David Kitt arrives on stage to a reception just shy of rapturous, though there was some reservation in the air. But maybe not without reason, The Nightsaver is Kitt’s sixth album in eight years, a couple of which were shaky to say the least. So maybe folks are treating the new material with trepidation.
Opening with -A Real Fire’, Kitt’s vocal is CD-perfect. He’s no Guy Garvey but what he lacks in range and prowess he can more than make up for with tone and, well, sentiment. ‘Redefining what was lost’, David Kitt MK 2009 is a much happier model, jovial even.
Don’t worry, he’s still the hopeless romantic that made him endearing circa Small Moments. But he also seems partial to the odd all nighter and antics that go with it, looks like his maudlin days are behind him. Tonight Kitt is visibly chuffed, admitting it’s been a long time since he sold out anywhere, even it is ‘just Whelans’ (his words).
-Move It On’ does exactly that: the album opener takes us up tempo, still acoustic pop but accompanied by Katie Kim on harmonies, a driving beat, and some neat samples. The crowd is shuffling away and with that any reservations are gone as the response gets that bit closer to rapturous.
You see The Nightsaver is a departure in some ways for Kittser ‘¦ it’s really really good. A mish mash of previous sounds and styles, this is his best work to date. Ignore the mediocre reviews out there, it is a collection of really well written, infectious tunes; there’s nare a dud track on it.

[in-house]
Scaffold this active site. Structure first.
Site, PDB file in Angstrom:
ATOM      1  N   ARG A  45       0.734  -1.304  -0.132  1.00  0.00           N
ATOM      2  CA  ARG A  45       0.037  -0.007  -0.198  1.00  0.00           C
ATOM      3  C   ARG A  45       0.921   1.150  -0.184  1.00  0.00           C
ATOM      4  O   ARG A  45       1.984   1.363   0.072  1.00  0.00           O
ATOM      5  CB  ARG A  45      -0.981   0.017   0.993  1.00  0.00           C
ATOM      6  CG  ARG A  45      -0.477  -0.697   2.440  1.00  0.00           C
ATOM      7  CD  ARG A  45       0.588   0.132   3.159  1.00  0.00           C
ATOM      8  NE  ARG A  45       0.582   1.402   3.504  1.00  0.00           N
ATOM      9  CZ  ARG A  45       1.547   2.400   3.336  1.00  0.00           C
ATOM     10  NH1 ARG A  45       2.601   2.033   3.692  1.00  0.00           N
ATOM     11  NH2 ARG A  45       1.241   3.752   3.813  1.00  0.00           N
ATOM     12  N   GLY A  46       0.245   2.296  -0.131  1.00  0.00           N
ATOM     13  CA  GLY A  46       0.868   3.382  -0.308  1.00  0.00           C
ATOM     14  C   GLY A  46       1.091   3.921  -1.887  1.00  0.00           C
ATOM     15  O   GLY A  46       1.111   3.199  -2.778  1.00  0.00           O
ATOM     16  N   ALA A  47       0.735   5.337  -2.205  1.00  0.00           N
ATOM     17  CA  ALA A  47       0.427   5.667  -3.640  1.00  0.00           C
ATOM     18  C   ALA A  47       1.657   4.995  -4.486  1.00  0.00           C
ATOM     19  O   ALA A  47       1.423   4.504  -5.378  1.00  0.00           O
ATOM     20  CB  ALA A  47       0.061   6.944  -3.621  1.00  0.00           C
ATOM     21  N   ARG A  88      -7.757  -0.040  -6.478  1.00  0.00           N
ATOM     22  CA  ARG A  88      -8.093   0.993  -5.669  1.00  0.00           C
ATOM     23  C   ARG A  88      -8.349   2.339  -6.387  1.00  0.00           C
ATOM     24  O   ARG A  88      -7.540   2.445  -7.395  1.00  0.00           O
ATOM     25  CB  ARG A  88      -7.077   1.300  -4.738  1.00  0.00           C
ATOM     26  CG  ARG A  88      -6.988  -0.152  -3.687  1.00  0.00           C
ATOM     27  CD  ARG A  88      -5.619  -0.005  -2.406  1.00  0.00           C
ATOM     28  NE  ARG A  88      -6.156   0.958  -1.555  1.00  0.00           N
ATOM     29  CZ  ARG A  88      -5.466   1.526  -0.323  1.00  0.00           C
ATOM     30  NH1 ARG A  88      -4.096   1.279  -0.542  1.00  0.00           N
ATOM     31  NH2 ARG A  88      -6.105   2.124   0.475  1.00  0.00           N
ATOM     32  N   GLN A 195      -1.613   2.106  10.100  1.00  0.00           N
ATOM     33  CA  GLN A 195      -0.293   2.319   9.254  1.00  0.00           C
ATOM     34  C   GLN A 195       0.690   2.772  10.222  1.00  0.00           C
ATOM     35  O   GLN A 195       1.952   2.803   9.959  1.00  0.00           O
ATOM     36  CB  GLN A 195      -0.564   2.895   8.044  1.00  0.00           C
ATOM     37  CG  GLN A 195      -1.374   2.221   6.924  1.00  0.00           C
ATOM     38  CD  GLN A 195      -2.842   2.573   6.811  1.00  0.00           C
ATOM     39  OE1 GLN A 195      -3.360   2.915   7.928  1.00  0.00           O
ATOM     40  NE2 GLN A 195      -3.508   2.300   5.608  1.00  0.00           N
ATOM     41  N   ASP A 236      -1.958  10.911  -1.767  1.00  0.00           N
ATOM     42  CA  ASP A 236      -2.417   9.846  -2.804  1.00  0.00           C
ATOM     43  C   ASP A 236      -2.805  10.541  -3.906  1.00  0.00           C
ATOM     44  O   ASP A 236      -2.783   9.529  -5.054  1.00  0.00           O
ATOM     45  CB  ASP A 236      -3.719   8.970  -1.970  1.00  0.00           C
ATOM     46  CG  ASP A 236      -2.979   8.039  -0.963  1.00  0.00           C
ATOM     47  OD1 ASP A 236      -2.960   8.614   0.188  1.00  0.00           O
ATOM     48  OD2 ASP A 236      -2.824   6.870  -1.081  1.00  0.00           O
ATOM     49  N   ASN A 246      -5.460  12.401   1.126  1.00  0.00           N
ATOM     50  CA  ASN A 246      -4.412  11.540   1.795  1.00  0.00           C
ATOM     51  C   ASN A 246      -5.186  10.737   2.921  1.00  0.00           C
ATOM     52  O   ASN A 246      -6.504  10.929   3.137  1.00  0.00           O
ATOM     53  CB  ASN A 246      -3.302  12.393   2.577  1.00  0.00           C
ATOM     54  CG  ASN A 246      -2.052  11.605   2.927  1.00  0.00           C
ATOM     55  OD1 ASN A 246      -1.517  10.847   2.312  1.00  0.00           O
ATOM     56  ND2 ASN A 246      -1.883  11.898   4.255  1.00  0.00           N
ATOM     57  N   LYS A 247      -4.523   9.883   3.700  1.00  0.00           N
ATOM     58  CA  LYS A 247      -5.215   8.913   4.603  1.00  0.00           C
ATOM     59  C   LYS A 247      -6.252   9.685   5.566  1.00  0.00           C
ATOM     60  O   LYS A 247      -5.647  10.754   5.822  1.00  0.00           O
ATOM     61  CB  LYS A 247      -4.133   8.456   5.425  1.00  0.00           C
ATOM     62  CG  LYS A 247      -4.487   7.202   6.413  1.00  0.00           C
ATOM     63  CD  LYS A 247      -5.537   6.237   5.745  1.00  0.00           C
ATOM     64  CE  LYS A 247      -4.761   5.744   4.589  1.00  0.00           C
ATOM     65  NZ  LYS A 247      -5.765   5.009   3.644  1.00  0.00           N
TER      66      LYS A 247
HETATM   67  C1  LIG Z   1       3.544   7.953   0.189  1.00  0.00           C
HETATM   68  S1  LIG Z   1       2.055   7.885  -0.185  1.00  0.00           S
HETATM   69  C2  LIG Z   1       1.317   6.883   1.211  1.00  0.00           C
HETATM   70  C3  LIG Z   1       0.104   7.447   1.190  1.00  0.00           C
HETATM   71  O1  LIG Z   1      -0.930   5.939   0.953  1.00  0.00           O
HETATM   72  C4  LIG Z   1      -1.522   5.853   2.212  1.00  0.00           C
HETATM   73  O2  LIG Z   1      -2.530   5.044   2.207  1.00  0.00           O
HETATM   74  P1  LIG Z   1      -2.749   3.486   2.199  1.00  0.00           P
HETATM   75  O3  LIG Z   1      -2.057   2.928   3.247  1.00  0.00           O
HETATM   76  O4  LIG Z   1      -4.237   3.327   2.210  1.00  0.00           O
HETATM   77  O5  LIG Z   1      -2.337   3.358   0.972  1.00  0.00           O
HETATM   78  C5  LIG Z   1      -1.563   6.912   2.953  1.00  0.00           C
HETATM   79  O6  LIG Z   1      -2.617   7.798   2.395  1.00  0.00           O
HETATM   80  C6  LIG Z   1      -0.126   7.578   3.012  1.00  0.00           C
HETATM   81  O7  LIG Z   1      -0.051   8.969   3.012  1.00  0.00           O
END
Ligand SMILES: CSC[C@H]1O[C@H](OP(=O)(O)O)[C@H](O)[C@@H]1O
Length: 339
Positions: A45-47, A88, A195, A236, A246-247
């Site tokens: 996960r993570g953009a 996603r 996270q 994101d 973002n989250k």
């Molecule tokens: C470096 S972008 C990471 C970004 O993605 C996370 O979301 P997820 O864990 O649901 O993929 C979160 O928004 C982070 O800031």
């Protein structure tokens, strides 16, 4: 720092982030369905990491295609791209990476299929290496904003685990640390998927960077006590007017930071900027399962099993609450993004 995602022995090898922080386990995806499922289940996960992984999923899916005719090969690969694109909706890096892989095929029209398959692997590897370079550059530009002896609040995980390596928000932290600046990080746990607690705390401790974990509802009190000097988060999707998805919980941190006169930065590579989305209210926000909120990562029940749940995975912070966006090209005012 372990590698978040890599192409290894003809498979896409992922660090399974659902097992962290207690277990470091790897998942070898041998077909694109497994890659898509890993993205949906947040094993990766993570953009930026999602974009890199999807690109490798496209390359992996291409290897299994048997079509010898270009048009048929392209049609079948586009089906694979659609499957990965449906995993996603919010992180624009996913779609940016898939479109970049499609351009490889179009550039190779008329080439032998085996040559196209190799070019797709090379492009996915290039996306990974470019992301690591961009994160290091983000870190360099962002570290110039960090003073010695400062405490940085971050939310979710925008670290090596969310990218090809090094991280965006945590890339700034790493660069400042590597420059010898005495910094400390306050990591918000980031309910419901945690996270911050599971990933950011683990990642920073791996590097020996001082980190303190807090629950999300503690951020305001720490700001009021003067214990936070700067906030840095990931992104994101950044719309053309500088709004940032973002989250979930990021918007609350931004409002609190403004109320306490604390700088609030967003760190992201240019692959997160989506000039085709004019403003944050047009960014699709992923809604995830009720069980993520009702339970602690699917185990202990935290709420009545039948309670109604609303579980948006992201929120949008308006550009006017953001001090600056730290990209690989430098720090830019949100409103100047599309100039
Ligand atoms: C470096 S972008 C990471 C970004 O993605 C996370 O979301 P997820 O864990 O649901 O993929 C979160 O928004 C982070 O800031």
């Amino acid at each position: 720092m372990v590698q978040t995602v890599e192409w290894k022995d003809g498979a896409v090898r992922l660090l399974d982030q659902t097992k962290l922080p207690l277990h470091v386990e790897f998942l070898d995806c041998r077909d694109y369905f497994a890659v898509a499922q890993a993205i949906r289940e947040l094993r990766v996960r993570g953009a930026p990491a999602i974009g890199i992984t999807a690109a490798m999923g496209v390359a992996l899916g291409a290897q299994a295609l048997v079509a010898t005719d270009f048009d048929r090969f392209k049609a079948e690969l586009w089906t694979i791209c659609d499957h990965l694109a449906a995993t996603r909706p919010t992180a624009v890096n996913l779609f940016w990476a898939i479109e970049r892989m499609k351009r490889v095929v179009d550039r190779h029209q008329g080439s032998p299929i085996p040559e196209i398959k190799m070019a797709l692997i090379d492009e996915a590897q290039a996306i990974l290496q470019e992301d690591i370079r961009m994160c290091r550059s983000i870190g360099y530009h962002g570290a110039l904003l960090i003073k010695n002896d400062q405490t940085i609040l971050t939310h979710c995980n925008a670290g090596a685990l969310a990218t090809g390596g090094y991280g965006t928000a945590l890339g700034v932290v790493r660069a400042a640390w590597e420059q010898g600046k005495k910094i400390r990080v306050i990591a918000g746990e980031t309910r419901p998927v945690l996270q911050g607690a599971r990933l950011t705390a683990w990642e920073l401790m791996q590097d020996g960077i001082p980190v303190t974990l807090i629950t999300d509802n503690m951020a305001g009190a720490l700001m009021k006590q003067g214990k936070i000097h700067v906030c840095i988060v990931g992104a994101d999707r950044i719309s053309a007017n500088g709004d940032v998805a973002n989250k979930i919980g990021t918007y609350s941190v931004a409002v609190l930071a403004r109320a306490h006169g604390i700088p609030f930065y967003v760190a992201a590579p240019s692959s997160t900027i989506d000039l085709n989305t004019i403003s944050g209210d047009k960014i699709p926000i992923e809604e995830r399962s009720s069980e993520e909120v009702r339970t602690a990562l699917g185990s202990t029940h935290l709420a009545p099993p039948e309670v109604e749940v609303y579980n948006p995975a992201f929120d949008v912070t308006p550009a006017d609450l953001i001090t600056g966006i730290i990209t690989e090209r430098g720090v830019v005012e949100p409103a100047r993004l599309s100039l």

Joined on stage by one Brian Mooney, Kitt launches into -It’s Yours’, with one of the most recognisable guitar licks of the year. During -Alone Like That’ its clear that Kitt doesn’t have to do that much on stage, these songs are so strong they speak for themselves. -Nobody Leaves’ and -Learning to Say Goodbye’ have elements of 80’s electronic sounds and 90’s dance (the good stuff) that take on a life of their own live. On the former, Kittser dances around with his drum pads as the crowd clap along. The chanting of ‘on the way back home’ against the sharp synth on the latter is reason enough to catch the next gig. Anthemic stuff.
Softer moments like -Don’t Wake Me Up’ find the audience joining in on the chorus. -No Truth in Your Eyes’ is particularly moving as we sing ‘Are we in the mood to go where we like to?’: the answer is ‘yes’, if we can get more of this. So Kittser, we’ll have no more of this chat about packing it in and getting a day job, everyone’s potless at the minute so you just keep doing what you’re doing and we’ll all be happy.
Kitt also dips into his back catalogue, most notably a brilliant reworking of ‘You Know What I Want to Know’. The encore includes a version of Womack & Womack’s ‘Teardrops’, a State favourite, before closing the night with an instrumental pop dirge. The strength, scale and danceablity of David Kitt’s new material will allow him to grow into much larger arenas: based on tonight’s performance he’ll be selling them out too.
– Saturday 18th April
Photo from Flickr – Simon Hepworth with thanks.